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  9. Who Counts as a Muslim? Identity, Multiplicity and Politics.Saba Fatima - 2011 - Journal of Muslim Minority Affairs 31 (3):339-353.
    My aim in this paper is to carve out a political understanding of the Muslim identity. The Muslim identity is shaped within a religious mold. Inseparable from this religious understanding is a political one that is valuable in its own right in order to secure any sustainable possibility of participating politically as Muslims within a democratic liberal democracy, such as the United States. Here I explore not the historical or theological formation of the Muslim identity, rather a metaphysical understanding of (...)
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  10. Nowa Polityka: Wprowadzenie do ewolucyjnosci/ On the New Politics: An Introduction to Evolutionity.W. Julian Korab-Karpowicz - 2017 - Politeja 48:23-34.
    On the New Politics: an Introduction to Evolutionity (publ. in Polish). In this article I introduce a vision of the new politics that emerges from my recent book Tractatus Politico-Philosophicus. The Tractatus discusses a number of topics. To name just a few, these are: politics, human nature, the state, freedom, solidarity, democracy, civilization, family and marriage, power, international relations, war and peace. Also, it introduces new words, such as sophocracy, ennobled democracy; nativeculturalism, an alternative to multiculturalism; or (...)
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  11. The Problem of Exclusion in Feminist Theory and Politics: A Metaphysical Investigation Into Constructing a Category of 'Woman'.Maya J. Goldenberg - 2007 - Journal of Gender Studies 16 (2):139-153.
    The precondition of any feminist politics – a usable category of ‘woman’ – has proved to be difficult to construct, even proposed to be impossible, given the ‘problem of exclusion’. This is the inevitable exclusion of at least some women, as their lives or experiences do not fit into the necessary and sufficient condition(s) that denotes group membership. In this paper, I propose that the problem of exclusion arises not because of inappropriate category membership criteria, but because of the (...)
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  12.  34
    A Climate of Disorder: What to Do About the Obstacles to Effective Climate Politics.Aaron Maltais - 2016 - In Clare Hayward & Dominic Roser (eds.), Climate Justice in a Non-Ideal World. Oxford, UK: Oxford University Press. pp. 43-63.
    The emphasis on general distributive principles in the climate justice literature has left significant gaps regarding the problem of weak climate governance. The main contribution of this chapter is to show how normative theory can contribute to addressing the apparent political incapacity to respond to the threat of climate disruption. The chapter argues that a set of six underlying obstacles to effective climate change politics can serve as a framework around which ‘non-ideal’ normative theorizing about climate politics can (...)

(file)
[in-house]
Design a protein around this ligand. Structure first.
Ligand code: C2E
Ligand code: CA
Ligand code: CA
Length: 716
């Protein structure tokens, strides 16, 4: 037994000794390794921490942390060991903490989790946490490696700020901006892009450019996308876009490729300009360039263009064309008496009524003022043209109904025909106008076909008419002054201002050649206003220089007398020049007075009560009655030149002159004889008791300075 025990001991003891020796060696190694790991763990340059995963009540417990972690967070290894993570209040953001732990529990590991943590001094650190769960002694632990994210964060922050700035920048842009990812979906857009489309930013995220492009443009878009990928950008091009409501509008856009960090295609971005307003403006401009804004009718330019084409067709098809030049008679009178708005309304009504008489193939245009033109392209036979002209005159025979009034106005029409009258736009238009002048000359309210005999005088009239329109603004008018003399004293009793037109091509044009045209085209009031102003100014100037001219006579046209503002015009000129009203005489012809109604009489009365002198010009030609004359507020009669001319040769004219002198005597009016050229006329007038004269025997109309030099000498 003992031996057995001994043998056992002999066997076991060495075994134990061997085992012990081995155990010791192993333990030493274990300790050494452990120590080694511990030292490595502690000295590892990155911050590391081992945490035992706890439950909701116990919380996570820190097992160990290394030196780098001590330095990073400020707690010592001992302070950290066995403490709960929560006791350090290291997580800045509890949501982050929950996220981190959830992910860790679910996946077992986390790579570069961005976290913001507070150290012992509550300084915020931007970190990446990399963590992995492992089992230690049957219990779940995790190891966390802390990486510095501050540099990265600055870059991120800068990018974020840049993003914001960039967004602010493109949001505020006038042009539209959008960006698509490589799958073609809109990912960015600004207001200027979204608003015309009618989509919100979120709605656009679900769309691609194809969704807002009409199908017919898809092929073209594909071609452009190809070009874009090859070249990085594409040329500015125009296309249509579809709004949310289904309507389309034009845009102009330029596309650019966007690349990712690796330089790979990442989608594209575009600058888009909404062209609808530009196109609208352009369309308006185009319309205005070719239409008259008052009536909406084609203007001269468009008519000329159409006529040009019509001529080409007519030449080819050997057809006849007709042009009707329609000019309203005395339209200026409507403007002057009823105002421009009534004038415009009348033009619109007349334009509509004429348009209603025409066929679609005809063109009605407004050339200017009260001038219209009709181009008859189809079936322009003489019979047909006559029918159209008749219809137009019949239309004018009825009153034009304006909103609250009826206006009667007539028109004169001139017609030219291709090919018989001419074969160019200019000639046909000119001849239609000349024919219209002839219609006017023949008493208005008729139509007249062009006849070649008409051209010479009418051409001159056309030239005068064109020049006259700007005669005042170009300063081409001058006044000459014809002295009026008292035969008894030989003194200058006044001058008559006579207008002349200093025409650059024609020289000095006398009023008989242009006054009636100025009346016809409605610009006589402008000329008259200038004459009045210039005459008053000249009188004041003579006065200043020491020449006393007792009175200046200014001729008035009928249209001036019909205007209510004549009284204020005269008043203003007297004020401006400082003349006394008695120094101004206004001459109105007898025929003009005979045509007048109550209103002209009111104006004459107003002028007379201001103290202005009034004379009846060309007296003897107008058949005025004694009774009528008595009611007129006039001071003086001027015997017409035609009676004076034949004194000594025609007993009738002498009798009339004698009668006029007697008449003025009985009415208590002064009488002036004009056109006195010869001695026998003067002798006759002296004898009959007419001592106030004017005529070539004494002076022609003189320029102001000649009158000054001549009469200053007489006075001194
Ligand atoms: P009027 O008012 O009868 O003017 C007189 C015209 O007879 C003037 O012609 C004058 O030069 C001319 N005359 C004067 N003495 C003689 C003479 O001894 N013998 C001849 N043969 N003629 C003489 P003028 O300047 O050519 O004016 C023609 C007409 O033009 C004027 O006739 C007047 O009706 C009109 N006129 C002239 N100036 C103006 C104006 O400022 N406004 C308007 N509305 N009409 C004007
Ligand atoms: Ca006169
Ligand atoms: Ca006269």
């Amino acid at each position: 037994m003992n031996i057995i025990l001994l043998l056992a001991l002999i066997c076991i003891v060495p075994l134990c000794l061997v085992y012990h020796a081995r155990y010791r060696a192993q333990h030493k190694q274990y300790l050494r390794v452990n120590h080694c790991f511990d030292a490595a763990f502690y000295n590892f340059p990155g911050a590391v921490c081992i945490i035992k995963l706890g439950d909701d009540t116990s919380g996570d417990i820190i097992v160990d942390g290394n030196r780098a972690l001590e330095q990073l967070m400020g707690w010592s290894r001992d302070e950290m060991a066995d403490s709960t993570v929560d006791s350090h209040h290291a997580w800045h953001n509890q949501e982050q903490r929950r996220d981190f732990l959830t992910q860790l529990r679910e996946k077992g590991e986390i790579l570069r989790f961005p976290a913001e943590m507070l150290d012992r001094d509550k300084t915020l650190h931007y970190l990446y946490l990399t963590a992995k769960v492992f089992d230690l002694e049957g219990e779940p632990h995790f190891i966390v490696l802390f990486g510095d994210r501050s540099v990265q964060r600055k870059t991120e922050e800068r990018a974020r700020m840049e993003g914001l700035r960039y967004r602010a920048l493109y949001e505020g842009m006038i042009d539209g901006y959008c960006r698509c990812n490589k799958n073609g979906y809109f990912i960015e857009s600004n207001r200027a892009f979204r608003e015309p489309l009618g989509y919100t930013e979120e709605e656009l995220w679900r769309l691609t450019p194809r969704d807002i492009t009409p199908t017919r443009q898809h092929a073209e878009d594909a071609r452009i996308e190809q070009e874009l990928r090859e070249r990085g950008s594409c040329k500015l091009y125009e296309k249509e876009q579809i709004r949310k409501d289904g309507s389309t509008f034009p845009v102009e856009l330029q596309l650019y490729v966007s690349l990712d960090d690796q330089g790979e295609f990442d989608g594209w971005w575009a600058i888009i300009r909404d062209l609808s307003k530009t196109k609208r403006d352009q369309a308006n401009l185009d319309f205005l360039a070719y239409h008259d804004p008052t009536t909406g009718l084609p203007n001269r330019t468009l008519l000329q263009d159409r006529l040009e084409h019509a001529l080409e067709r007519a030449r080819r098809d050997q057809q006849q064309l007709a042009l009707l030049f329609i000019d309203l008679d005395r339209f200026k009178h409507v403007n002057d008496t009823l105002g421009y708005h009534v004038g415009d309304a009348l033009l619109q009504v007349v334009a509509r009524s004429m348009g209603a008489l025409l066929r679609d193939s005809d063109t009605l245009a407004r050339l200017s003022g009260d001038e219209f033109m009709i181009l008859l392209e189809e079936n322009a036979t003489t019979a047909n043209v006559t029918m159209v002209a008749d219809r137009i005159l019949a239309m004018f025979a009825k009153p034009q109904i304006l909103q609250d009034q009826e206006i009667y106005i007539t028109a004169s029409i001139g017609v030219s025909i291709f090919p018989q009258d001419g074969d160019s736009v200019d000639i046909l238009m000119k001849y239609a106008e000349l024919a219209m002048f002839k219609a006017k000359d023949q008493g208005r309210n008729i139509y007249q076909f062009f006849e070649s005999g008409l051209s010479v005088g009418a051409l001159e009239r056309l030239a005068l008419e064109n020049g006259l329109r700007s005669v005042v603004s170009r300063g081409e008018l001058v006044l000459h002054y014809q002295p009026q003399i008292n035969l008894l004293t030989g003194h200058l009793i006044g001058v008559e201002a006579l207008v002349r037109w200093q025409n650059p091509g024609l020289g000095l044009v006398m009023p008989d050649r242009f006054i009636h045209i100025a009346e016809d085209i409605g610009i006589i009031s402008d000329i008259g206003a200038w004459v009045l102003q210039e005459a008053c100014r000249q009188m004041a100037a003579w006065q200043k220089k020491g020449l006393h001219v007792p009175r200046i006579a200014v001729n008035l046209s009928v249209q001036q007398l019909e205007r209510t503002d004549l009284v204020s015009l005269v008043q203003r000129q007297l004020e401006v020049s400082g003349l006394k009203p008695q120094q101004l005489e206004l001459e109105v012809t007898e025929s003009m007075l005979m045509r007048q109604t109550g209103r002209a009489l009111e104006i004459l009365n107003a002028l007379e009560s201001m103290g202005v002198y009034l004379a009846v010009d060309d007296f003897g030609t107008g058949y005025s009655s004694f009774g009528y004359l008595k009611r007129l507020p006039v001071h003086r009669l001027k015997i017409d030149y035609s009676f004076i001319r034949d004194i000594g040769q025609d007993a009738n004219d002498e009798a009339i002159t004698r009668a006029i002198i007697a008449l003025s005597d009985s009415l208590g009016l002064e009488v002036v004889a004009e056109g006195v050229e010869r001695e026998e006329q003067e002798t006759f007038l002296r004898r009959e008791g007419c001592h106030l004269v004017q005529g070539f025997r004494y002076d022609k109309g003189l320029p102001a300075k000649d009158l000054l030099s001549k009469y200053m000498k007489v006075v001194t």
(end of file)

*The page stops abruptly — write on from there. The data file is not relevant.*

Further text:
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  13.  22
    The Politics of Being Part of Nature.Sandra Leonie Field - forthcoming - Australasian Philosophical Review 2021.
    Genevieve Lloyd argues that when we follow Spinoza in understanding reason as a part of nature, we gain new insights into the human condition. Specifically, we gain a new political insight: we should respond to cultural difference with a pluralist ethos. This is because there is no pure universal reason; human minds find their reason shaped differently by their various embodied social contexts. Furthermore, we can use the resources of the imagination to bring this ethos about. In my response, I (...)
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  14. The Politics of Aristotle’s Criticism of Plato’s Republic.Jozef Müller - 2016 - In Sharon Weisser & Naly Thaler (eds.), Strategies of Polemics in Greek and Roman Philosophy. Brill. pp. 93-112.
    In this paper, I concentrate on some of the more peculiar, perhaps even polemical, features of Aristotle’s discussions of Plato’s Republic in the second book of the Politics. These features include Aristotle’s several rather sharp or ironic remarks about Socrates and his project in the Republic, his use of rhetorical questions, or his tendency to bring out the most extreme consequences of Socrates’s theory (such as that it will destroy the polis and that it will lead to incestuous relationships). (...)
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  15. The Theological Misappropriation of Christianity as a Civilizing Force.Sabrina D. MisirHiralall - 2017 - Journal of Research on Christian Education 2 (26):79-104.
    The theological misappropriation of Christianity as a civilizing force occurs when individuals convert to Christianity due to deception that ignores the faith-based aspect of Christianity. The history of Western education in India illustrates the hidden curriculum that Christian missionaries employed to disrupt the Indian educational system. This unnerving pedagogy points to the need for a postcolonial theoretical framework that relates the inescapable hybridity of religion and culture where Orientalism has the potential to occur. To press the ongoing (...)
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  16. “All Politics Must Bend Its Knee Before Right”: Kant on the Relation of Morals to Politics.Paul Formosa - 2008 - Social Theory and Practice 34 (2):157-181.